Natural Flood Management blog - Groundsure volunteersGroundsure volunteers finishing planting - photo credit Mark Allen

Reflection

We had some great days out of the office, thoroughly enjoying getting stuck into a project which had multi-beneficiaries, from the donkeys and horses living at the Trust to the local wildlife and community as a whole.

Flooding itself is a natural phenomenon and thus perhaps such a phenomenon requires a natural solution. Natural flood management enhancement plans such as the one we assisted on are invaluable in that they not only aim to reduce negative impacts of flooding in a natural way, but also contribute to a more aesthetically pleasing landscape for us all to enjoy. On the March volunteer day alone, we planted 300 trees and shrubs!

Natural Flood Management blog - Sussex Flow InitiativeAn interesting infographic3 from the Sussex Flow Initiative shows how schemes such as this one benefit not only the environment but also local communities.

Get involved!

There is a public footpath which runs through the site, so if in 5-10 years you happen to be walking through an area of woodland owned by the Sussex Horse Rescue Trust, it may be our baby trees you are admiring!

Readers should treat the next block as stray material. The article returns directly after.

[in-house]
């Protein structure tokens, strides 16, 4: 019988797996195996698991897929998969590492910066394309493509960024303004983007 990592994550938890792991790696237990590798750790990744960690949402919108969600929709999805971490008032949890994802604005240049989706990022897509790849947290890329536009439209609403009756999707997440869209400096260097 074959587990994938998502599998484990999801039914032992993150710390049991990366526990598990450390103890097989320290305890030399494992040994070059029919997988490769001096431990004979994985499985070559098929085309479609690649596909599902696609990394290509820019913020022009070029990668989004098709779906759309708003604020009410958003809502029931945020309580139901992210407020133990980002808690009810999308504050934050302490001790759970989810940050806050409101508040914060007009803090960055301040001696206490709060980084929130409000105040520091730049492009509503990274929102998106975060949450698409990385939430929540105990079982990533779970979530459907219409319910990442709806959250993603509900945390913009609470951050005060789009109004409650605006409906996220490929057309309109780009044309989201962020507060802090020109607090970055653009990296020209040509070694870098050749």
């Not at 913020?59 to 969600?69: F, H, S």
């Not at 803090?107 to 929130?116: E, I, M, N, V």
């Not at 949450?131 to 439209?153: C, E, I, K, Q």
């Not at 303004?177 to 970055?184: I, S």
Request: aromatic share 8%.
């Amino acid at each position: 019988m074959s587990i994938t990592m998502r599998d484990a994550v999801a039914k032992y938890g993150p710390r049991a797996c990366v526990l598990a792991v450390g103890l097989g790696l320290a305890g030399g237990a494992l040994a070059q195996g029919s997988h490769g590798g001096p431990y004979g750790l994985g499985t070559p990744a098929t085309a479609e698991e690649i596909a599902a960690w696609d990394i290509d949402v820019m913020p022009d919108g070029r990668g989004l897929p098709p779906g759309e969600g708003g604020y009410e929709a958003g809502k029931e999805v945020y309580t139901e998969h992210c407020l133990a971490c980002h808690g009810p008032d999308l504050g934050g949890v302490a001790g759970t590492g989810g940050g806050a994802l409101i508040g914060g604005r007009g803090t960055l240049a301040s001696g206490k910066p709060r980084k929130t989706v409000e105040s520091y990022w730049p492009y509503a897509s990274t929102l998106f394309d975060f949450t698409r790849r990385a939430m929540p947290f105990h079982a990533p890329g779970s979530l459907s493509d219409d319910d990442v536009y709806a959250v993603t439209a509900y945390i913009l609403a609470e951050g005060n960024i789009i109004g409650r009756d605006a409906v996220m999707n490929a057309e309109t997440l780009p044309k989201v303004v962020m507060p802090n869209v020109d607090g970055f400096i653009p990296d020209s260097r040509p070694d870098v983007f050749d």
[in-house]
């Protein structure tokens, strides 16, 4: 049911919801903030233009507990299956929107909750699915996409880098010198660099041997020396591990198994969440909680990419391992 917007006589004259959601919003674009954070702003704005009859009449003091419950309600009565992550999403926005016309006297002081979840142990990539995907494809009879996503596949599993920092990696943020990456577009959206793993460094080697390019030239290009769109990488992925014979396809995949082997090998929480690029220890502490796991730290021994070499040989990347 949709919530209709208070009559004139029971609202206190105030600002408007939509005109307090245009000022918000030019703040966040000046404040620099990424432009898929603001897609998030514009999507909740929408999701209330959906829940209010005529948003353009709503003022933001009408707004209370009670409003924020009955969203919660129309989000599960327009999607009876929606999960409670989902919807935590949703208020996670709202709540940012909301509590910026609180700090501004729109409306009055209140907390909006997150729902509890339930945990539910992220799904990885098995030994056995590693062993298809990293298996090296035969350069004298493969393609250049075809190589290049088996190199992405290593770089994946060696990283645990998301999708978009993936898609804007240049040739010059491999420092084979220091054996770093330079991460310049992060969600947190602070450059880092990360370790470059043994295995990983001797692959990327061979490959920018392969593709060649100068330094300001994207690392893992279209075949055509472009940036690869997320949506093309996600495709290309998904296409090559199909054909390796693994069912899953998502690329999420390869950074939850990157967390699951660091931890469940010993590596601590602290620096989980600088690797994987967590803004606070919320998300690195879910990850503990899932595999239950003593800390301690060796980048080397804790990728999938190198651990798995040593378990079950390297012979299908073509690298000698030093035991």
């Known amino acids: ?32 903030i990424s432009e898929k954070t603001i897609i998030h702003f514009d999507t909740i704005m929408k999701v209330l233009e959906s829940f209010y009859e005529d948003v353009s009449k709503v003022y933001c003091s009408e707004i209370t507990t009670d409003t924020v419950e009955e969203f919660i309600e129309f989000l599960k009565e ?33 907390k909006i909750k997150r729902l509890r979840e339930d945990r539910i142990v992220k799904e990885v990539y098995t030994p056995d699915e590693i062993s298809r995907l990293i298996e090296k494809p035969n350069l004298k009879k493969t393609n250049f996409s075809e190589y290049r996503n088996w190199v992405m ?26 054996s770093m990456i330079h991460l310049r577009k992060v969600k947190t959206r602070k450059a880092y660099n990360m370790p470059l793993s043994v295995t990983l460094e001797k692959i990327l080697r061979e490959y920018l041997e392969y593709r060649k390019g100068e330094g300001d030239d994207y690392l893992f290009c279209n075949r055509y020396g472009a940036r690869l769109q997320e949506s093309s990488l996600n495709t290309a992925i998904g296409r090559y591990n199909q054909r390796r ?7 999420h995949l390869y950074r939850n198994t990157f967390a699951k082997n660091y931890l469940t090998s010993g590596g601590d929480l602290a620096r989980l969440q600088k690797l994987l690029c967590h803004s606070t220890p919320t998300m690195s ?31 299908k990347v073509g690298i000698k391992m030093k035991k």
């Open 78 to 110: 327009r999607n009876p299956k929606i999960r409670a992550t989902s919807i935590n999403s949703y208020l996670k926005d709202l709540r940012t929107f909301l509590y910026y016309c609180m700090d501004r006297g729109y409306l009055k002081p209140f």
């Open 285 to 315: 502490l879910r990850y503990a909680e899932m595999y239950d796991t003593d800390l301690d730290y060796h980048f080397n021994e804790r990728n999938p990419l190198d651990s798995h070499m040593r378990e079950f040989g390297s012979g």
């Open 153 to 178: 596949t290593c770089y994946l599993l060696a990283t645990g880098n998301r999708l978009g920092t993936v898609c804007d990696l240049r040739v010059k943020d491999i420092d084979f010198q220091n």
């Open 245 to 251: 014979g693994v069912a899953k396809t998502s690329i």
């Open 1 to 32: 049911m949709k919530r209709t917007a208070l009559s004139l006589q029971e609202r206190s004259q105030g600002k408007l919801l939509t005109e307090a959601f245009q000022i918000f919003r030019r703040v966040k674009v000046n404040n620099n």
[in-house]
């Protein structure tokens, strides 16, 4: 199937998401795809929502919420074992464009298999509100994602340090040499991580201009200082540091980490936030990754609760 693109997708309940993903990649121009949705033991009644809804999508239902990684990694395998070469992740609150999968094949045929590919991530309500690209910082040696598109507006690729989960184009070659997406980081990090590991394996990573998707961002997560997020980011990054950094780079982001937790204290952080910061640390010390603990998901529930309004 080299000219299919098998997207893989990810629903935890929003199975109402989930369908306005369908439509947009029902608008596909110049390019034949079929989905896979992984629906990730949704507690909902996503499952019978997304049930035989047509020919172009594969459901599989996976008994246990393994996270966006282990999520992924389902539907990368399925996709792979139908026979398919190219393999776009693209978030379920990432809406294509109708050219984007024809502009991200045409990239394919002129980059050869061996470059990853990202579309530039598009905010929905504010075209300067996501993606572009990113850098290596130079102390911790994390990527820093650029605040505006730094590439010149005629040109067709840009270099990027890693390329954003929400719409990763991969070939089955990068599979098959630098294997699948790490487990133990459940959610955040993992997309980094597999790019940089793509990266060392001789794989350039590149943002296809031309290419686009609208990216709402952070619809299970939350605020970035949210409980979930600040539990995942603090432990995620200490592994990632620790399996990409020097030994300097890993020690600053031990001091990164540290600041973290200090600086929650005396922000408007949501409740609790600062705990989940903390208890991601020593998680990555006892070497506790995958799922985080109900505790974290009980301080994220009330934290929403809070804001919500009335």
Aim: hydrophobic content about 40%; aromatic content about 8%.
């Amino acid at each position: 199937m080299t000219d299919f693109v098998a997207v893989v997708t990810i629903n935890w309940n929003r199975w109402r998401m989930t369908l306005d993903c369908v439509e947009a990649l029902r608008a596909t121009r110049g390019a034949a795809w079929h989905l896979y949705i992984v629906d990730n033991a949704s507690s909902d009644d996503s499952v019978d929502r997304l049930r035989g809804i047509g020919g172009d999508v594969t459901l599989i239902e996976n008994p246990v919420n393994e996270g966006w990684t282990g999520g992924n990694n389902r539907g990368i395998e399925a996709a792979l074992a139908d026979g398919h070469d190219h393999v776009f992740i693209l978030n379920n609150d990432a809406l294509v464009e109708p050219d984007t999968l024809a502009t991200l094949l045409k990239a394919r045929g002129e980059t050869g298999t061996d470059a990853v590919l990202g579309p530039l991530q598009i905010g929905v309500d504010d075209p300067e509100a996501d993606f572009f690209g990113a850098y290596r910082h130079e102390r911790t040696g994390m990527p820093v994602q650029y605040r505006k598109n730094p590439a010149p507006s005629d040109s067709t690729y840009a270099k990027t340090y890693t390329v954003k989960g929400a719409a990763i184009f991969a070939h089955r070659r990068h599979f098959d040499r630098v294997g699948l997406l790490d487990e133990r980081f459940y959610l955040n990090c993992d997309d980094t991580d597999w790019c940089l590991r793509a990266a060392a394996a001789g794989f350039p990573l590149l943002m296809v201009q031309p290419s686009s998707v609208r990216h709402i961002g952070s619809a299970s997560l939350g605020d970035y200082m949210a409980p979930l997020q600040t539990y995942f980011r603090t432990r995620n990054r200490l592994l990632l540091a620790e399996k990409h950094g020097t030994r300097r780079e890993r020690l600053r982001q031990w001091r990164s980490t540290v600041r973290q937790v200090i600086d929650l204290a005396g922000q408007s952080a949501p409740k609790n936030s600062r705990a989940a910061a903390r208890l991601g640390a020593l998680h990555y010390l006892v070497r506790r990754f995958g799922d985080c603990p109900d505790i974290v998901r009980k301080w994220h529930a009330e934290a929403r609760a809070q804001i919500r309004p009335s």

If you would like to get involved in future tree planting days or any of the other schemes offered by the Sussex Flow Initiative, they are always on the lookout for volunteers who enjoy a ‘little’ mud so get involved by checking out their website: http://www.sussexflowinitiative.org/volunteer-opportunities.html

And if you’re not local to Sussex, then there may be a similar scheme near you – your local Environment Agency office should be able to point you in the right direction.

References
1. Sussex Flow Initiative (2018). Trees for flood resilience. [Online] Available at http://www.sussexflowinitiative.org/blog/trees-for-flood-resilience [Accessed 16th March 2019].
2. Turley, M. and Southgate, F. (2018). Sussex Flow Initiative Case Study: Natural Flood Management at Sussex Horse Rescue Trust. [Online] Available at http://www.sussexflowinitiative.org/uploads/1/6/3/1/16313516/tree_planting_case_study.pdf [Accessed 16th March 2019].
3. Sussex Flow Initiative (2017). Celebrating 5 years of the Sussex Flow Initiative. [Online] Available at http://www.sussexflowinitiative.org/blog/celebrating-5-years-of-the-sussex-flow-initiative [Accessed 16th March 2019].